I had written to Mr van Kleunen here to say I was coming though I did not say by what steamer.[6] But I was recognized by somebody as the “Yucatan” came into port & before I had put foot ashore my name was down in the Strangers’ Book of the Club.

Changes take place in three years though. I found that my old boatman was dead. Two men I used to know pretty well in Puerto Cabello had also died meanwhile. I am always afraid to ask people about their friends & relatives I used to know for someone is certain to have dropped out. I spent y’day evg. with the van Kleunens at whose house I have had many a jolly time, but now they are in mourning for Mrs van K’s mother. They tell me there are some people here “anxious” to make my acquaintance – Dr & Mrs Cole (?). Mrs Cole – née Greer – is from Belfast & “knows my family”, so I am to be taken there to be presented.

This little place would be a paradise for the water-colour sketcher. The little harbour is like a long narrow split in the reef, leading to the lagoon which opens out behind the town. The town is built on the two sides of this “split”, the houses are of Dutch style with unexpected gables, built of limestone & stucco painted yellow with red tiles, & steps leading from left & right up to the odd little porches. It always reminds me a box of German toys.

The harbour – or “split” – is about 220/300 yards across, of deep blue water, – at the entrance are the two old-fashioned forts; – a little further in is the pontoon bridge, opened, with important puffs, by the tiny engine in the end pontoon on the approach of a steamer.[7]


The pontoon bridge that connects Punda and Otrobanda in Curacao was opened on May 8, 1888, and named after Queen Emma. It has operated ever since.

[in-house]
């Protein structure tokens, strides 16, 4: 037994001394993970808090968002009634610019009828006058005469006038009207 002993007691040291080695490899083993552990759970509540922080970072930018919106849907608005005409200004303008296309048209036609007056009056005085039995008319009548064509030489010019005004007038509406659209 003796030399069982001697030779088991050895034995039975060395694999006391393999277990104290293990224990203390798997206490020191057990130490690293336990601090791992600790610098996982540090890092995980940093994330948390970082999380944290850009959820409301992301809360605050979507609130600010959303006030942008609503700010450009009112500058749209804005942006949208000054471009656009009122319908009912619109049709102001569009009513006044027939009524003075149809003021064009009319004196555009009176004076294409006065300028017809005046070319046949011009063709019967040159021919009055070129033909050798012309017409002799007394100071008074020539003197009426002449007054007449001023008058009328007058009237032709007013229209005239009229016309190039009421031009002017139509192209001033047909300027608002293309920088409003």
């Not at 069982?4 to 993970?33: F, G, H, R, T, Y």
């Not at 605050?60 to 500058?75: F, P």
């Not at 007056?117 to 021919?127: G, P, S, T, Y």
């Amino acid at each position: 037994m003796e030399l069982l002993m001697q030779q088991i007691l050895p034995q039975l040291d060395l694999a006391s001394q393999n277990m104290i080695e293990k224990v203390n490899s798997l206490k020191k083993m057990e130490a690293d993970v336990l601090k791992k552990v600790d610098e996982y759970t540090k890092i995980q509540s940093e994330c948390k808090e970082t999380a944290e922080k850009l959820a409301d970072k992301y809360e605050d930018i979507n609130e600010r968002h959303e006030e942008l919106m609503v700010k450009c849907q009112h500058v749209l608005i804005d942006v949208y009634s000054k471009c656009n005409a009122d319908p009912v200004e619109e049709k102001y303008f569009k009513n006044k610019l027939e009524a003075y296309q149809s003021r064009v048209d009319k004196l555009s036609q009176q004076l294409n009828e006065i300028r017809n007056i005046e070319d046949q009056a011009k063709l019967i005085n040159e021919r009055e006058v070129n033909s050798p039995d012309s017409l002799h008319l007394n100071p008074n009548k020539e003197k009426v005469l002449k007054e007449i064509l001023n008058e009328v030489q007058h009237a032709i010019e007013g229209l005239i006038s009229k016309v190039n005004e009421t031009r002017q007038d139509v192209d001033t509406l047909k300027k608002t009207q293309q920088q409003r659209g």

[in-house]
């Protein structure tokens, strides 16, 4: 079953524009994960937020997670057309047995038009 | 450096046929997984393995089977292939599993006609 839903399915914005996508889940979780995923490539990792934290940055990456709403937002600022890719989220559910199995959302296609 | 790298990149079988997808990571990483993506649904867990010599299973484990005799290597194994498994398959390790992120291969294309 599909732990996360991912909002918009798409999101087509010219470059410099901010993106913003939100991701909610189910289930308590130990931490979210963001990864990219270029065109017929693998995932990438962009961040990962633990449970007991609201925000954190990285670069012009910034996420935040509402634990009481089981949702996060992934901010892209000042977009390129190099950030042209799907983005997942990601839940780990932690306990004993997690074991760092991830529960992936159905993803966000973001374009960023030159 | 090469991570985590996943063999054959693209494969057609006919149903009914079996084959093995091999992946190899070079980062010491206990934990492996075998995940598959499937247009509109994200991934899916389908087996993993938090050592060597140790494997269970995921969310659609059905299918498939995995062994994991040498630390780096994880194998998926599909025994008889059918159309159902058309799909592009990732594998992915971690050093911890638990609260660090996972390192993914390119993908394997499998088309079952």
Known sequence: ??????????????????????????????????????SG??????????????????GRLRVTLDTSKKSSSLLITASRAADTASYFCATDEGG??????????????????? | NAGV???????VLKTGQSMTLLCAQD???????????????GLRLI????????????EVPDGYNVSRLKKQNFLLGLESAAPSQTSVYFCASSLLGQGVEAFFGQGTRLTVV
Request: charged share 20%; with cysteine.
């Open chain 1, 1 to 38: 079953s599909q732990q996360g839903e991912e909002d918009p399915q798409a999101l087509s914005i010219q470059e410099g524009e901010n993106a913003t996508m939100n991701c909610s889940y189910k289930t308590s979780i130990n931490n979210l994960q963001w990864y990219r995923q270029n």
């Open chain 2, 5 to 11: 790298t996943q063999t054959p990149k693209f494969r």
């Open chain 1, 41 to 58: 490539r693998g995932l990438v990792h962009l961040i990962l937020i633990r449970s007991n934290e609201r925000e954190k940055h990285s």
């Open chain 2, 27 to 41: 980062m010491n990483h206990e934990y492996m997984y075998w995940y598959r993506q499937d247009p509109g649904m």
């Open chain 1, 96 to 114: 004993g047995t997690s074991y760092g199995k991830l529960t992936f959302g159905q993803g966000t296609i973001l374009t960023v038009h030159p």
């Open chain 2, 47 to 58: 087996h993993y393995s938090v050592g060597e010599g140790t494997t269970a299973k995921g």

The pontoon bridge that connects Punda and Otrobanda in Curaçao was opened on May 8, 1888, and named after Queen Emma. It has operated ever since.

All is clean, even glaring. There is no mud, & no room or spare rain to make it, only a good deal of dust when the wind is strong from the white coral or limestone roads. My “hotel” (save the mark) is on the wharf, & I can lean out of the window & distinguish the people on the decks of the steamers as they come slowly past, turn round cautiously & warp alongside.

To pass over the pontoon bridge I put down a Venezuelan “real” – about 4 ¾ – & received in change twenty three copper coins, – cents of a “florin” – the toll being two cents. Had I taken off my boots & carried them across I should have had to pay one cent.

The inhabitants of this side of the town are mostly Jews, – of the other side Christians.[8] Yesterday being Saturday most of the shops & stores were closed, & to-day, Sunday, all of them are.

If I return from here it may be by New York, or it may be by Royal Mail, the cost is about the same. In any case if you hear positively I am coming you might write on spec to New York. I don’t know if Walter Portheim[9] is there now, so better address c/o Boulton, Bliss & Dallet.[10]   Mr J.L. passenger from Curaçao.